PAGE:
- Third-party cookies. “The least useful and [most] intrusive,” Finin explained. He said that these are cookies developed by third parties, and not text files made by the website you’re visiting, and these third parties “can save and integrate information about your web activities useful for marketing.”
Suddenly the internet seems exhausting (more than usual). Are you telling me I need to stay away from third-party cookies?
“You may want to block third-party cookies if you don’t want your behavior on the web to be tracked by advertisers,” Finin said.
That’s because “when you click on ‘allow all cookies,’ you are giving carte blanche to the website to install dozens of third-party cookies and trackers,” said Roberto Yus, an assistant professor of computer science and a colleague of Finin’s at the University of Maryland, Baltimore County.
“These trackers can follow you when you browse and tell third-party companies which websites you visit,” Yus said, adding that suddenly advertisers will know which news articles you read and what products you look for in a search engine, “which includes anything from the mundane to the really sensitive like medications and drugs.”
It can get pretty crazy. Your computer, device or phone, they are all clogged with cookies.
“Websites will not just put one cookie on your browser, but may put dozens, to enable them to collect information about your use of their site,” said Fred Scholl, an associate teaching professor of cybersecurity and director of the graduate cybersecurity program at Quinnipiac University.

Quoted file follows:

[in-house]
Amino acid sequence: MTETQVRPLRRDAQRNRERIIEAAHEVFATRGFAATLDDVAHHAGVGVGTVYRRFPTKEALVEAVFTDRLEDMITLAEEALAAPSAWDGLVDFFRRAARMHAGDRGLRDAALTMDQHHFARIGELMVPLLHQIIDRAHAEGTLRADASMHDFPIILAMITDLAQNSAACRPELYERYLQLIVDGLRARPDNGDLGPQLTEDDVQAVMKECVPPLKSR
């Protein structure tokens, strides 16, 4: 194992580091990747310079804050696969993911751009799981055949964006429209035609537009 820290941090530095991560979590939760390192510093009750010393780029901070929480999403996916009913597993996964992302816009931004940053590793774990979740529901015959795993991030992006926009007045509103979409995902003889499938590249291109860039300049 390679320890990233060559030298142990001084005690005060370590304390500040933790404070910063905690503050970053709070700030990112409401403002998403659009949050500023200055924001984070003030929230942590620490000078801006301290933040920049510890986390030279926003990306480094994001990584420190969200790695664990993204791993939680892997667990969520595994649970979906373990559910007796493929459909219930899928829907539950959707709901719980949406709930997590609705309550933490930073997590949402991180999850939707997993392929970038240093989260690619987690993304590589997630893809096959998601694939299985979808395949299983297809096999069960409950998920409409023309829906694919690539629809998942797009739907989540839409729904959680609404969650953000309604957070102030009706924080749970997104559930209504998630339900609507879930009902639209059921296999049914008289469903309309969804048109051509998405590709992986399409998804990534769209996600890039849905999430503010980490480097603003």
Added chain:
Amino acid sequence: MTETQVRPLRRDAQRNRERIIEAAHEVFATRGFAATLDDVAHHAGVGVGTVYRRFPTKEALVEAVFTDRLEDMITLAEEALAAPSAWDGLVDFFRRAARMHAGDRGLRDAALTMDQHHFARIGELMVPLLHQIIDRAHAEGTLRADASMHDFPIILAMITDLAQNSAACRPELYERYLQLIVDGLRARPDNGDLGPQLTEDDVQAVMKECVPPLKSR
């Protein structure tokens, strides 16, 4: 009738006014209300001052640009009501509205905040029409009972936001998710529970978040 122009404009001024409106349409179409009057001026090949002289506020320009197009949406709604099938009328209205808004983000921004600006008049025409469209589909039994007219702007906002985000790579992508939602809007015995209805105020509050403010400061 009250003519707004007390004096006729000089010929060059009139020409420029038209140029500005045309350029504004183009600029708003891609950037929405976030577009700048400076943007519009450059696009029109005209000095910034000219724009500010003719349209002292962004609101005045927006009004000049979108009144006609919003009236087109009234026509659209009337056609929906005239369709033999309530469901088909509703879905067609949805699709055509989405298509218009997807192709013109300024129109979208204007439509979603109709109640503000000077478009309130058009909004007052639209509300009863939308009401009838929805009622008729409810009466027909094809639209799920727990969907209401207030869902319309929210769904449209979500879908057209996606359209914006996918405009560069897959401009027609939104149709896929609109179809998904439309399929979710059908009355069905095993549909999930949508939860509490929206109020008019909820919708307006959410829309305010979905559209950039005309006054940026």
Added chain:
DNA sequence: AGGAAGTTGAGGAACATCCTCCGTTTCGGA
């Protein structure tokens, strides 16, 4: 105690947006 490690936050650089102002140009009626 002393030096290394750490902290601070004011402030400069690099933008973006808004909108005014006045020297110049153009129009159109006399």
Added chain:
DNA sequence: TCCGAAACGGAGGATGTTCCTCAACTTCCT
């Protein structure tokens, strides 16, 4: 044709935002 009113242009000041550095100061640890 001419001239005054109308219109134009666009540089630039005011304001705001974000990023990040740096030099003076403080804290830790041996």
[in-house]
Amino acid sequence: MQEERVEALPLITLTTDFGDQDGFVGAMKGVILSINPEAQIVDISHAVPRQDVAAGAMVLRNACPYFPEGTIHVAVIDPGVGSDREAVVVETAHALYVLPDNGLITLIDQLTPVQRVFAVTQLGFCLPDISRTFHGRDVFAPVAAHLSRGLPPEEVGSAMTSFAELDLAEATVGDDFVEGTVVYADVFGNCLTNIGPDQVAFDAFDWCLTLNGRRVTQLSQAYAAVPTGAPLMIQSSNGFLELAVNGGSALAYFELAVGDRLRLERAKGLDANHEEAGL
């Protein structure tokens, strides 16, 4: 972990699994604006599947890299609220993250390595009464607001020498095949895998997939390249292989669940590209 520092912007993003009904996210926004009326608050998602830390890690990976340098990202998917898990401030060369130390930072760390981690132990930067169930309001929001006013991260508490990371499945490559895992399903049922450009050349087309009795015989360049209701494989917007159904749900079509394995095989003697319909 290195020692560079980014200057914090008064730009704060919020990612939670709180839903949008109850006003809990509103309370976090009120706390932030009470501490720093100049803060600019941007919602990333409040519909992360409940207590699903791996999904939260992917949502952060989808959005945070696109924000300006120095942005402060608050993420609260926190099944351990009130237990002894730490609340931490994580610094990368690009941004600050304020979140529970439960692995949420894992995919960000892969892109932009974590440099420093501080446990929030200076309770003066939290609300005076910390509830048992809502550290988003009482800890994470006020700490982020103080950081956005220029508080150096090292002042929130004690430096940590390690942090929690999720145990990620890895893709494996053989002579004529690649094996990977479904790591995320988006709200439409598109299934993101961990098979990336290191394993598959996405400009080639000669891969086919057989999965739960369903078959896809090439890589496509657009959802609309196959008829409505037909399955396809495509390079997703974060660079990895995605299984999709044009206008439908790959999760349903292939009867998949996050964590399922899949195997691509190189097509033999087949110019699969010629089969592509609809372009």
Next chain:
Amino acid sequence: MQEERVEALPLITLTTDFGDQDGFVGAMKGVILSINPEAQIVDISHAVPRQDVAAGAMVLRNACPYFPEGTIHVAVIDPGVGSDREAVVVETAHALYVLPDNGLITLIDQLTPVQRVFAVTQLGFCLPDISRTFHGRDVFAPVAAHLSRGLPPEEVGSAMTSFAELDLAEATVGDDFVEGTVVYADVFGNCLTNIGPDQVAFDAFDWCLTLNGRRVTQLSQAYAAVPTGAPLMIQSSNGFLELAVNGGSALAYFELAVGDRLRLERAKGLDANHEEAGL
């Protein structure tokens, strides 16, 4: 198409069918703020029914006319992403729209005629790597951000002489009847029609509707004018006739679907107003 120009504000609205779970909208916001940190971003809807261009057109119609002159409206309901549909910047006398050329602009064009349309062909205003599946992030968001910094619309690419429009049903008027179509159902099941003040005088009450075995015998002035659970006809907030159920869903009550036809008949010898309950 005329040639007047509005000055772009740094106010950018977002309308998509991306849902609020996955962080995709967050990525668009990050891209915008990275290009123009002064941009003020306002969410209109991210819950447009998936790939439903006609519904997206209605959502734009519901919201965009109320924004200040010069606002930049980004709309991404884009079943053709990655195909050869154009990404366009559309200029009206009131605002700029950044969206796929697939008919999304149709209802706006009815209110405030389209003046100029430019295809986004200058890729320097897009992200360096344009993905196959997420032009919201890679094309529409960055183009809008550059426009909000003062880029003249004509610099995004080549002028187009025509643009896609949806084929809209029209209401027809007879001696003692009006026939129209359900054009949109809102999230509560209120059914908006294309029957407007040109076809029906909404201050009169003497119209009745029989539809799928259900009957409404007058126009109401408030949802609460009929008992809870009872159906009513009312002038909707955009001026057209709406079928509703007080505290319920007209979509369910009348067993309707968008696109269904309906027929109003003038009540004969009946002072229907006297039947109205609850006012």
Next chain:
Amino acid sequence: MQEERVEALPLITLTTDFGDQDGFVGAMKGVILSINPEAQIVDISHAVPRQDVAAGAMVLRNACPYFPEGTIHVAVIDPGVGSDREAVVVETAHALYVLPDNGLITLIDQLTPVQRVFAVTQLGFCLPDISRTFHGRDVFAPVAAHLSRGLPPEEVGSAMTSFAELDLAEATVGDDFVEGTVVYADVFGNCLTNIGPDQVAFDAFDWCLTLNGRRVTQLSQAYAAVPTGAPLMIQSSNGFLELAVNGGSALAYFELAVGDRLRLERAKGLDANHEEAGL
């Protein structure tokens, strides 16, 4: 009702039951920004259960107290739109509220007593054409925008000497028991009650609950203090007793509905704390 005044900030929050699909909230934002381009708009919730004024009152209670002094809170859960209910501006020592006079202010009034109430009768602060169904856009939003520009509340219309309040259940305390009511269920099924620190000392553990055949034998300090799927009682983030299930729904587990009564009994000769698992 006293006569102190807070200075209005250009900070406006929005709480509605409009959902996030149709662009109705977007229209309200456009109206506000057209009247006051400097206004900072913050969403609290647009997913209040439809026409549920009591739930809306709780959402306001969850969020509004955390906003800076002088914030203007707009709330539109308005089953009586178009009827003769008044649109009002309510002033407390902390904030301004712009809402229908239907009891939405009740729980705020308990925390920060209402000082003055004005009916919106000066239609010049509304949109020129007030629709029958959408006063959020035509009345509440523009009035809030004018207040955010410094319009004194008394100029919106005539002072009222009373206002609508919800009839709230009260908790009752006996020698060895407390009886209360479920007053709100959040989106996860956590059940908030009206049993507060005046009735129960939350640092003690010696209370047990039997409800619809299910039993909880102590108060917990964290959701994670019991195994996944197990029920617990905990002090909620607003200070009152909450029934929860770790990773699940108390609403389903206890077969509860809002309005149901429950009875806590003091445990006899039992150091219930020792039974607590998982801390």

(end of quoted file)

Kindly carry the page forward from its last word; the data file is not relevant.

“These all fall into the category of first-party cookies, or cookies stored on your browser from the site you actually browsed to,” Scholl said, noting that the third-party cookies belong to “other sites, like ad agencies and data brokers.”
Those “embed tracking cookies in sites you may browse to, in order to monitor your browsing habits. This information can then be sold to other sites that may embed ads during your search experience.”
So how do I block third-party cookies from following me around?
You can do this by going to a search engine and looking up the directions for how to block the third-party cookies in your chosen browser (Google Chrome, Microsoft Edge, Mozilla Firefox, Apple Safari and so on). Now, that said, if you do banish third-party cookies from ever going to your browser, you may find that some websites simply don’t work well any longer.
“Some websites won’t let you have access to their websites if you don’t consent to cookies,” said Steve Weisman, a senior lecturer in law, taxation and financial planning at Bentley University and author and creator of scamicide.com, a website that deals with scams, online and off.
This sounds like a lot of work. I really don’t care if ads follow me around, especially if it’s something I might want to buy. I’m just going to click ‘yes’ any time a site asks if I’ll accept cookies.
That’s one way to go, but you really shouldn’t, Weisman said. He is the first to say that cookies can be helpful to consumers and make website use better, but, he said, “There are plenty of times that you shouldn’t allow cookies. In particular, if the website you are on is not encrypted.”
If that’s the case, Weisman says, “Your data isn’t protected and personal data such as credit card information can be more readily stolen.”
If you’re wondering how you can tell if a website isn’t encrypted, a sure sign is to look at the URL. If you notice that the web address doesn’t have an “s” after the “http,” then that’s a website that probably shouldn’t have cookies tracking your every move.
So the bottom line is that I should accept cookies from some websites?
Yes, from websites that you trust and often use. You can’t really get away from accepting cookies. That’s just the way the, well, you-know-what crumbles.